Journal of the Japanese Association of Regenerative Dentistry
J Jpn Assoc Regenerative Dent Vol.6(2) pp.99-113
Hard tissue formation by bone marrow stem cells in sponge scaffold with Dextran coating
Yasunori SHIMOMURA1, Masataka YOSHIKAWA2, Hiroyuki HAYASHI2
1Department of Endodontics, Graduate School of Dentisty, Osaka Dental University.
2Department of Endodontics, Osaka dental University
Scaffold is necessary for tooth regeneration. Sponges made from polyvinyl alcohol with formalin cross-linking (PVF sponge) were used as scaffolds for bone formation in vitro and in vivo. Wells of cell culture plates and PVF sponge were coated with dextran to promote bone marrow cell attachment. Calcified tissue was formed conspicuously in wells coated with dextran of 10 kDa at 2 g/dl and of 500 kDa at 4 g/dl with dexametason, in vitro. In vivo bone formation was conspicuously observed in sponges coated by dextran of 10 kDa at 2 g/dl and of 500 kDa at 4 g/dl. Quantity of Ca was 129.20±19.69 µg/scaffold and that of osteocalcin was 25.28±5.71 ng/scaffold. These values suggest that many stem cells would attach in PVF sponge via dextran.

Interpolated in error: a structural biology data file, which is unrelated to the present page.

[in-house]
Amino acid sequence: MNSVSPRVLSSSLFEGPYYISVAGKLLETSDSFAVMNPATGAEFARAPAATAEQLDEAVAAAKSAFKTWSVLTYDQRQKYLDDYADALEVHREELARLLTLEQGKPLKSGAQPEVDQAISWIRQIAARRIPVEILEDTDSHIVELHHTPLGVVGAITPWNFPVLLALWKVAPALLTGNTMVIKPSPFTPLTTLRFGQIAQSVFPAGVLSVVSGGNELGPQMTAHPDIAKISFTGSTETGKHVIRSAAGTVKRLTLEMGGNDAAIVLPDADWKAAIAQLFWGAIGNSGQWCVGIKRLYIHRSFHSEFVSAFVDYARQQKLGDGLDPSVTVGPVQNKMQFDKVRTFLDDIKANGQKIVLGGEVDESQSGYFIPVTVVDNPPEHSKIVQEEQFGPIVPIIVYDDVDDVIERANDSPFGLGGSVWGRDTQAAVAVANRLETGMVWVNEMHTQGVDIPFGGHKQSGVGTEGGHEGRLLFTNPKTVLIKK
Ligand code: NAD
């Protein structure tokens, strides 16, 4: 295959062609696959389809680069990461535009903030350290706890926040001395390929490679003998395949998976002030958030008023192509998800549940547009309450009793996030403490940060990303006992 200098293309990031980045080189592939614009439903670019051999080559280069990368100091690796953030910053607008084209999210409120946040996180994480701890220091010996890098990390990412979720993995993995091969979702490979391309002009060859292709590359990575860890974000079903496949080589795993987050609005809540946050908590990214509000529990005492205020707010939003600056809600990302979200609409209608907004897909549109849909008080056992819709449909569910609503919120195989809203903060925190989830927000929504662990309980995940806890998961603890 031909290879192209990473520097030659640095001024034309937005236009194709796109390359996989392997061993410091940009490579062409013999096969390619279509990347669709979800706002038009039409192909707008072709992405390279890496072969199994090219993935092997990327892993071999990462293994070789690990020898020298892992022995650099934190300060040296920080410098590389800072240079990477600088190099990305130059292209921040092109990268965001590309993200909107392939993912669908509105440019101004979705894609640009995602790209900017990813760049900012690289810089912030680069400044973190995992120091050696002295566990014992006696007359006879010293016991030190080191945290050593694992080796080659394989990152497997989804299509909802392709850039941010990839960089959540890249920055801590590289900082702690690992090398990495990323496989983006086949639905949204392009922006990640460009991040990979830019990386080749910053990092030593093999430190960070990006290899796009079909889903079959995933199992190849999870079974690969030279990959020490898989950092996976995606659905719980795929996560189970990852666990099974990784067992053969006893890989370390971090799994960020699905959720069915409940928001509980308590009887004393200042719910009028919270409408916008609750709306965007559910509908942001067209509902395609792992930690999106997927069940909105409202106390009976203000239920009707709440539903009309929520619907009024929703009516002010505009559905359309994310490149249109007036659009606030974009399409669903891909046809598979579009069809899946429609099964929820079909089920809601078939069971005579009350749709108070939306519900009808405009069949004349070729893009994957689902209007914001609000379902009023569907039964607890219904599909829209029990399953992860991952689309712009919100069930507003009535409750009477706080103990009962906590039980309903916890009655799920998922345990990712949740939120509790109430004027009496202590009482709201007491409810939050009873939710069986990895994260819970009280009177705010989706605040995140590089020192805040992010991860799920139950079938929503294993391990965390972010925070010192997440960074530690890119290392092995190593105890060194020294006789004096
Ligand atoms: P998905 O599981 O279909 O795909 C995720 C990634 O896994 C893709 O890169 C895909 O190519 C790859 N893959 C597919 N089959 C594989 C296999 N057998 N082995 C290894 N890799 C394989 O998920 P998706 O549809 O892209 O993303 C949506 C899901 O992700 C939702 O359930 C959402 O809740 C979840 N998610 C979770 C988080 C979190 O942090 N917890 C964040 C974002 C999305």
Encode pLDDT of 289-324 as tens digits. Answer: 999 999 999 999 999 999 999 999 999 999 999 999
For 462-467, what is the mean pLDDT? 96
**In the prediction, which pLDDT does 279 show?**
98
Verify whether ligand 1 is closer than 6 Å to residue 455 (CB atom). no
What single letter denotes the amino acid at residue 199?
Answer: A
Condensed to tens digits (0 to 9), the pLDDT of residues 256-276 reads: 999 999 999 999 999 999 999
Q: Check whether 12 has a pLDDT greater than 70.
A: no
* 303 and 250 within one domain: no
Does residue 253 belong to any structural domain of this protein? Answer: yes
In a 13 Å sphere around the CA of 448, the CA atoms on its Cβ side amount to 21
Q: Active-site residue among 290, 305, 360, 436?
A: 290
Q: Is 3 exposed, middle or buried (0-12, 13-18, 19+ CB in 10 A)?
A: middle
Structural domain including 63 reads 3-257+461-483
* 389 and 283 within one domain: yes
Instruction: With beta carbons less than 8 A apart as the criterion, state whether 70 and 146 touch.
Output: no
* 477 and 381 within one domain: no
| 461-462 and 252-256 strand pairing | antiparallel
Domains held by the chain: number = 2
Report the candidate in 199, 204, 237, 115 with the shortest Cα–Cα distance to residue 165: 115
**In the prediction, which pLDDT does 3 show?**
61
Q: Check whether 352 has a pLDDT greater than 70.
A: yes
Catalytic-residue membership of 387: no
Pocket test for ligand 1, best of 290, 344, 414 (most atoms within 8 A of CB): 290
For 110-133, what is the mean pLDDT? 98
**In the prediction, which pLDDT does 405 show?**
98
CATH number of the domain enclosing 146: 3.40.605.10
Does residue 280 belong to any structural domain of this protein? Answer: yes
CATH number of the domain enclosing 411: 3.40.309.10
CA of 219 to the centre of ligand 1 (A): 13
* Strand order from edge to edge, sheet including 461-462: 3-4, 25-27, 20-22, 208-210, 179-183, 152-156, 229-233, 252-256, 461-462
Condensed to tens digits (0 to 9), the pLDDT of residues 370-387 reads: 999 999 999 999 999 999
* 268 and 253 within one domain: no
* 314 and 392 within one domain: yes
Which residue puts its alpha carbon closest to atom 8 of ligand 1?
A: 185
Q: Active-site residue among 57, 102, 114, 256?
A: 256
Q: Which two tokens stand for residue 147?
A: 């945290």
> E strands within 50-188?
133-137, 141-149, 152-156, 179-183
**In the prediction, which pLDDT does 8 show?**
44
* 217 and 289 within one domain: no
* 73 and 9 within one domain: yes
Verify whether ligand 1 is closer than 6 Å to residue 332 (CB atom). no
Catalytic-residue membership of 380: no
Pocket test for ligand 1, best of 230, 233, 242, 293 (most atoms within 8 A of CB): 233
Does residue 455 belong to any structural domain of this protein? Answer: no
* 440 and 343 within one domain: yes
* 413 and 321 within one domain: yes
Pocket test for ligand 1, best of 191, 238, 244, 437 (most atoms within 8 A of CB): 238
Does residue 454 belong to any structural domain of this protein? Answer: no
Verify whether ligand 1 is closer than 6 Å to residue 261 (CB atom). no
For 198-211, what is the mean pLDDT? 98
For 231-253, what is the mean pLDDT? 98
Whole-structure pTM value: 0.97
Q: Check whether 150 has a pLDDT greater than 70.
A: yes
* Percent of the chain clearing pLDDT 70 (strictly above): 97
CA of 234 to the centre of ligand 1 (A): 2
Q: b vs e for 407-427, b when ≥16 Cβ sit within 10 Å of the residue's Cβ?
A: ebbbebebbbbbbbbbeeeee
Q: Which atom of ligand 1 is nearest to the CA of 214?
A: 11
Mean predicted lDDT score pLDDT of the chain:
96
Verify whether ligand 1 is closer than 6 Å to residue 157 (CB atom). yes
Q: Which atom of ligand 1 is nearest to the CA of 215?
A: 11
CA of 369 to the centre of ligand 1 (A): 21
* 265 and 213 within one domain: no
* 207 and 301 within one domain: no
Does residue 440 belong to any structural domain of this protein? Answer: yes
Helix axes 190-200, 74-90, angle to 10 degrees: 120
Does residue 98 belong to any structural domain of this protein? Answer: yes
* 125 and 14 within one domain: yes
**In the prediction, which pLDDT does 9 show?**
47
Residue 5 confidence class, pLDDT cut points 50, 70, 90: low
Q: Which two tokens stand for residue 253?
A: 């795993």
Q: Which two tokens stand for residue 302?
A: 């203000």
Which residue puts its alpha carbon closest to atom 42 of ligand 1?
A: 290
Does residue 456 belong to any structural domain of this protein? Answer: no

Keyword: Bone marrow cells, Bone formation, Polyvinyl formal, Dextran, Scaffold